A group of European EV charging networks will make their services interoperable for drivers in the U.K. by the end of the year.

The roaming deal was announced in a joint letter of intent signed by Allego, EVBox, NewMotion, Chargemap, ChargePoint, Charge4Europe, Engenie, Franklin Energy and Travelcard.

Users of any of these services will be able to use one subscription to access all the participating infrastructure and will only receive one bill.

While the growing density of EV charging infrastructure in Europe is helping drivers' overcome range anxiety, having to sign up with multiple providers can be a headache. The signatories claim roaming deals in Germany, France and the Netherlands encouraged greater EV adoption in those countries. The simplified billing process that comes with interoperability is also a key driver of business deployment of EVs for their fleet requirements.

The roaming networks will use the Open Charge Point Interface, an open-source protocol with roots in the Netherlands.

"This agreement is a significant step in the expansion of access to public charging, improving the driver experience, and helping to make the switch to e-mobility more seamless for U.K. drivers," Christopher Burghardt, managing director for Europe at ChargePoint, said in a statement.

BP Chargemaster not participating

In a joint statement the participants also offered an open invite to other networks to join in.

A spokesperson for California-based ChargePoint, whose backers include Chevron Technology Ventures and American Electric Power, told GTM that some U.K. networks had declined to participate in the roaming deal.

“Whilst the large players in continental Europe are more open to allowing each other’s drivers to roam on their respective networks, it feels like a number of major U.K. players are still reluctant to open up. This initiative was open to all, though many players in the U.K. are not yet open to opening up their network to improve EV drivers' experience and increase uptake.”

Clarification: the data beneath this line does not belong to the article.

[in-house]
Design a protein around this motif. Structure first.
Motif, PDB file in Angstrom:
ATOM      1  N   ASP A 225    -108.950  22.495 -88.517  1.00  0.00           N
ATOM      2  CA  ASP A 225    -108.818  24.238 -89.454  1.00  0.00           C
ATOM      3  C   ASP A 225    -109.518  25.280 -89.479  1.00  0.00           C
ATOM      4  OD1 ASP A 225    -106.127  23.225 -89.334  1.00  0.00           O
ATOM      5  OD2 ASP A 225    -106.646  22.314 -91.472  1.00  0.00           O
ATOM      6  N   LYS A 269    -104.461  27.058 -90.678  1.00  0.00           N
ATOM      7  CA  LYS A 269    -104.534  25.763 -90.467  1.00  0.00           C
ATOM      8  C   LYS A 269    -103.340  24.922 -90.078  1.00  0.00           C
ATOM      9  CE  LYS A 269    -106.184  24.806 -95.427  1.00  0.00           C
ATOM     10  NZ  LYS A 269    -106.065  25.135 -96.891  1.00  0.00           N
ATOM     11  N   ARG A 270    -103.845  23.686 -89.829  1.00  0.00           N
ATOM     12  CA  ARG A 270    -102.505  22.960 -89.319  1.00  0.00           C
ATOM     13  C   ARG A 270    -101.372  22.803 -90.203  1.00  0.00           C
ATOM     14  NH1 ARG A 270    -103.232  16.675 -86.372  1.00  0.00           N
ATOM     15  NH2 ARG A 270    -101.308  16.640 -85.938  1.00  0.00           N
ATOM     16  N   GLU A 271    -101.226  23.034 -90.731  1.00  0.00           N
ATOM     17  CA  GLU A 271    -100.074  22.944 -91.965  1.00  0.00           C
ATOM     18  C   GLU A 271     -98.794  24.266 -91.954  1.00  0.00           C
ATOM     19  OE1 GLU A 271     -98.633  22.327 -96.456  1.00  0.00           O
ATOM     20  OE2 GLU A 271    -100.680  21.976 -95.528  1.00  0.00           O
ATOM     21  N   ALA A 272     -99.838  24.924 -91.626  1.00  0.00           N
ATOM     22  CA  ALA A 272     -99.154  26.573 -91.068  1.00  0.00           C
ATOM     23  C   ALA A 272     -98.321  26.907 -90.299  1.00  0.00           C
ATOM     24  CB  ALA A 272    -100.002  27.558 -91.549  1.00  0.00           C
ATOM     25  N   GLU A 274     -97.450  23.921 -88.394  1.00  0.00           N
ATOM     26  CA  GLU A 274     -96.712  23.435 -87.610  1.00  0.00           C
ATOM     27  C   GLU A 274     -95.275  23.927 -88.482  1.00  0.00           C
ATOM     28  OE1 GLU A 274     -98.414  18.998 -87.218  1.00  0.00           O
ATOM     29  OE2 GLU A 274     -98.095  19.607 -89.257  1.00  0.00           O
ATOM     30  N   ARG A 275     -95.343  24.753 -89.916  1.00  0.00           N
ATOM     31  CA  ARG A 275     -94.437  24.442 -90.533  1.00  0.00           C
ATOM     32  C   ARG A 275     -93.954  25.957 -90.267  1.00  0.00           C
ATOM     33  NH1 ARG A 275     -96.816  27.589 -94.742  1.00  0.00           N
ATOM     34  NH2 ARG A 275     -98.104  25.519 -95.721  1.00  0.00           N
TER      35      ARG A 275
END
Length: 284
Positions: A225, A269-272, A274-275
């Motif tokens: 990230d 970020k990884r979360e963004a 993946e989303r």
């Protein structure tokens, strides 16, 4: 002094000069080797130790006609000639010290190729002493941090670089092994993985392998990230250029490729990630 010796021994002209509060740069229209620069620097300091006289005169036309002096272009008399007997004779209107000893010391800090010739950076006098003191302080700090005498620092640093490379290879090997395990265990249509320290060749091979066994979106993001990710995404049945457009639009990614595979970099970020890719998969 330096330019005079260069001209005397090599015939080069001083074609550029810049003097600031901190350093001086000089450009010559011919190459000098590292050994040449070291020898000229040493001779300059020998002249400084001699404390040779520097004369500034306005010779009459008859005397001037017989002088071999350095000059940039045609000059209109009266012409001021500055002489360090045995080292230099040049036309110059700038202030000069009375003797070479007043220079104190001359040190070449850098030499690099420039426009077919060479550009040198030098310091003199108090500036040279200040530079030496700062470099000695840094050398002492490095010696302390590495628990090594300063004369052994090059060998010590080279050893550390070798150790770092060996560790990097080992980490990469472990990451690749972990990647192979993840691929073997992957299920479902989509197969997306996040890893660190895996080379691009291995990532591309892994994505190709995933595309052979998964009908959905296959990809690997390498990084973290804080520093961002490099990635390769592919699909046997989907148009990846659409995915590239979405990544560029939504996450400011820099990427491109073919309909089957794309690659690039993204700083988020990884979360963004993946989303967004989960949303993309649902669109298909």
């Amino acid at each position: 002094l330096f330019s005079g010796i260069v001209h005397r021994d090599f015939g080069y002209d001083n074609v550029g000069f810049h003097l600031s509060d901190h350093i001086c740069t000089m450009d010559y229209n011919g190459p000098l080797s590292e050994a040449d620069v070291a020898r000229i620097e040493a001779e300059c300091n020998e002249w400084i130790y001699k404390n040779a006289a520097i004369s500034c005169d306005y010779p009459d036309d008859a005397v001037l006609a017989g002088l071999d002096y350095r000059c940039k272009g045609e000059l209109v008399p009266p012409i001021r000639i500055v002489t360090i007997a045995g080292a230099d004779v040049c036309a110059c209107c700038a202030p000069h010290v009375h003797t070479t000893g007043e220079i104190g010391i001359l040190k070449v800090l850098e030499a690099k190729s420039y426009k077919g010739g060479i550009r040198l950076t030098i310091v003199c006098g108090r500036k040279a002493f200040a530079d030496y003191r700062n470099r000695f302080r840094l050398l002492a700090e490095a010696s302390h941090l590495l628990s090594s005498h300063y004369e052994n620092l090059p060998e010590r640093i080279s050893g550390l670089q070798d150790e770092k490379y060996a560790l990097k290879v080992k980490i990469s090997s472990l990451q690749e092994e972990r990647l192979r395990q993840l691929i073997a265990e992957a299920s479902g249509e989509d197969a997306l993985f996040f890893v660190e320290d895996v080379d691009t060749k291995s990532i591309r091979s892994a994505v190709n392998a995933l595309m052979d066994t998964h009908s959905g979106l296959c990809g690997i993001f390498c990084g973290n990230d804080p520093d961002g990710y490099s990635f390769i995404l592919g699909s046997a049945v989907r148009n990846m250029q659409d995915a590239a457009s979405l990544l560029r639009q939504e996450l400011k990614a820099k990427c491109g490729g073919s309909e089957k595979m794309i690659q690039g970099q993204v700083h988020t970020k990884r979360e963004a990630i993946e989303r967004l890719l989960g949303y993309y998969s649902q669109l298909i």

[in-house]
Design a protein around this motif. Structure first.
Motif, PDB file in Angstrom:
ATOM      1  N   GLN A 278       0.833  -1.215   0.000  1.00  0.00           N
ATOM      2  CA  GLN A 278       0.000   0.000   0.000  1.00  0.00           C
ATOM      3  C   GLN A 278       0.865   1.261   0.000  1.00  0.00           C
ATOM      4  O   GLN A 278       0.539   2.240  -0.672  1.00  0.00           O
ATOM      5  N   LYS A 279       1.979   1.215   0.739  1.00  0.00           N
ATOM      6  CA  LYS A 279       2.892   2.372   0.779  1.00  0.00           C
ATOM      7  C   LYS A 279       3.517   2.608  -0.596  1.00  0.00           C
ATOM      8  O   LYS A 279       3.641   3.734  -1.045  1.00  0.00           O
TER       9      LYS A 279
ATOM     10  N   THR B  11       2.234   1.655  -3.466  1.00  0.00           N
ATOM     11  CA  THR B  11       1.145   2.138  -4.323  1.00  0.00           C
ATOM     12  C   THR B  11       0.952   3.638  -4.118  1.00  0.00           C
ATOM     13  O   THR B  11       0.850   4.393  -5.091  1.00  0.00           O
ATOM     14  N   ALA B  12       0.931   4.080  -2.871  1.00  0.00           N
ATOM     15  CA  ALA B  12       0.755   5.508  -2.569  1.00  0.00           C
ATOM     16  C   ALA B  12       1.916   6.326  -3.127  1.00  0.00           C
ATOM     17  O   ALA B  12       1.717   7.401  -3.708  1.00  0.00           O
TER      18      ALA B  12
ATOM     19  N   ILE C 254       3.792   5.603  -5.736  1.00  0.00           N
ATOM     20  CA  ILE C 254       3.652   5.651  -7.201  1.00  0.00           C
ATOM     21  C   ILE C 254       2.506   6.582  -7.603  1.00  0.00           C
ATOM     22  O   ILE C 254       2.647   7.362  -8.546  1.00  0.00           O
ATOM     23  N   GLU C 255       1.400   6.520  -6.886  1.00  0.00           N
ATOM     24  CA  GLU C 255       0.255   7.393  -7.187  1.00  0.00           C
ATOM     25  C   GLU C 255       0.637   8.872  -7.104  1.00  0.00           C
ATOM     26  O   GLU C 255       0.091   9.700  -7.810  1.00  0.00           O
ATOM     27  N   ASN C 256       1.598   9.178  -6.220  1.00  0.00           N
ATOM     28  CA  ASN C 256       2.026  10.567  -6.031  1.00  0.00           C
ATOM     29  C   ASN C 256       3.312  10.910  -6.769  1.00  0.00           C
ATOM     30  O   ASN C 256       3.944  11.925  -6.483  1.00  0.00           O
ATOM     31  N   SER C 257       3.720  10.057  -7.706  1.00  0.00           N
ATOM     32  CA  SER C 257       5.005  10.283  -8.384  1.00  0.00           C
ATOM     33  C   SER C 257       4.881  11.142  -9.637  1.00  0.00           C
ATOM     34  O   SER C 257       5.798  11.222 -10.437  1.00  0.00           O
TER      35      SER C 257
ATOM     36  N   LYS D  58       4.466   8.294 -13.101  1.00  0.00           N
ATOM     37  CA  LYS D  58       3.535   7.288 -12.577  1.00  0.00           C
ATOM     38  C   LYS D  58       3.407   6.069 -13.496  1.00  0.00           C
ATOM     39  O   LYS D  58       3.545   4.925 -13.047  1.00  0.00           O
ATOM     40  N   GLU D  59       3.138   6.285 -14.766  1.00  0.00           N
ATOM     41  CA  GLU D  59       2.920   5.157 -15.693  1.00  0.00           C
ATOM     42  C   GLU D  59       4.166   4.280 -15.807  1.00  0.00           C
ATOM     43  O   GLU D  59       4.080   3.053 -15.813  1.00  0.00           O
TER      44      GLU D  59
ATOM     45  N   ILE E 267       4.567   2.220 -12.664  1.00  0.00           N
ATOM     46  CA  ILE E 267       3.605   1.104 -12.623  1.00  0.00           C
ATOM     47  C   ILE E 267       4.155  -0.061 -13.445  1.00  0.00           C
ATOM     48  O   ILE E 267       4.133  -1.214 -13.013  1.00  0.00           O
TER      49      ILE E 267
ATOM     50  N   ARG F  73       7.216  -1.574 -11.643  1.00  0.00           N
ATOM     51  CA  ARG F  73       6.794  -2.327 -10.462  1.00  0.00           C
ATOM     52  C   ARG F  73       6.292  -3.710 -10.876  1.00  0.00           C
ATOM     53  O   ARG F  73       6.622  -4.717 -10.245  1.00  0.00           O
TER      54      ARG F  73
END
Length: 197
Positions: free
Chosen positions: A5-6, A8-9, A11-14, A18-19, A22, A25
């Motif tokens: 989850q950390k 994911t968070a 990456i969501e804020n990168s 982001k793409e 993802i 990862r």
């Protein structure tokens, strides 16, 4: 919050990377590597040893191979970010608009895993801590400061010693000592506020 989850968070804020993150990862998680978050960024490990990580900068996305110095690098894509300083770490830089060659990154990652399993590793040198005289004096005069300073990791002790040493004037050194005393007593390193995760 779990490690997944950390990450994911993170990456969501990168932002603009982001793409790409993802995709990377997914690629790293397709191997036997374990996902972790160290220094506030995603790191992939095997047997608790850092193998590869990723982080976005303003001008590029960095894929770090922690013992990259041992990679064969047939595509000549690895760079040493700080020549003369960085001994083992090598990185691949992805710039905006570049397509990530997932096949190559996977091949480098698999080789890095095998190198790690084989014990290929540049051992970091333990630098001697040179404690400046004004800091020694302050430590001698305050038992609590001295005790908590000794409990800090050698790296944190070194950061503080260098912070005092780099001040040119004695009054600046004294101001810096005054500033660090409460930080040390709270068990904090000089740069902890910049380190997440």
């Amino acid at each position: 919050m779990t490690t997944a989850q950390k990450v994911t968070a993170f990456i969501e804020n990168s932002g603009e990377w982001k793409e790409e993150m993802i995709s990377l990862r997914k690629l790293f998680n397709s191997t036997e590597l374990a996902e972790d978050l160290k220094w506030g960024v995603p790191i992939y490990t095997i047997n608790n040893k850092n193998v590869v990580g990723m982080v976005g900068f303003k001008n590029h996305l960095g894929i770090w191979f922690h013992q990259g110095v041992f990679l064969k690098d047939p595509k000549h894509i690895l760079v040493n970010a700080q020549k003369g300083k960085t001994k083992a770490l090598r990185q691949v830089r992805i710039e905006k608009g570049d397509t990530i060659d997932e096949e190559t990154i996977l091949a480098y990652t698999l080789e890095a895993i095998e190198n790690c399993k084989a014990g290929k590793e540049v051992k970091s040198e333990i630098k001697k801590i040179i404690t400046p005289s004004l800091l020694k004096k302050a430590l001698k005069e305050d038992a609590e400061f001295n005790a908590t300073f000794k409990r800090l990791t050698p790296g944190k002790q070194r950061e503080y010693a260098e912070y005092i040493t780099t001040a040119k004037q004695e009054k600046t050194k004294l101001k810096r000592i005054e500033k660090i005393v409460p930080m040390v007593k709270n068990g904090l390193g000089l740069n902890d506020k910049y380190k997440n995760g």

The spokesperson was unable to provide a total figure on the number of public charging points covered by the new arrangement. ChargePoint itself is aiming to add 2.5 million chargers to its network globally by 2025, public and otherwise. Half of these will be in Europe. It currently has just over 100,000 in service.

Tom Callow, director of communication and strategy at BP Chargemaster, which is not participating in the roaming deal, declined to comment on the merits of roaming agreements.

“We operate the largest nationwide public charging network in the U.K., providing easy and convenient access to around 7,000 charge points, including the largest number of rapid chargers in the U.K., and are also establishing the U.K.’s largest network of 150-kilowatt ultra-fast chargers,” Callow said in an emailed statement.

BP bought Chargemaster in June 2018 for £130 million ($161 million).

The U.K. is aiming to phase out new internal combustion engine vehicles by 2040. The government has already identified roaming as an area in need of improvement.

Daniel Brown, policy manager and EV lead at the REA, said:

"While these issues have been largely acknowledged and tackled in North America, there has been little progress in the U.K. to date. It's clear that all that is changing with announcements such as this. In recent months the government has made it clear that it expects industry-led action on the topic of e-roaming, and they have taken powers to legislate if progress is not made.”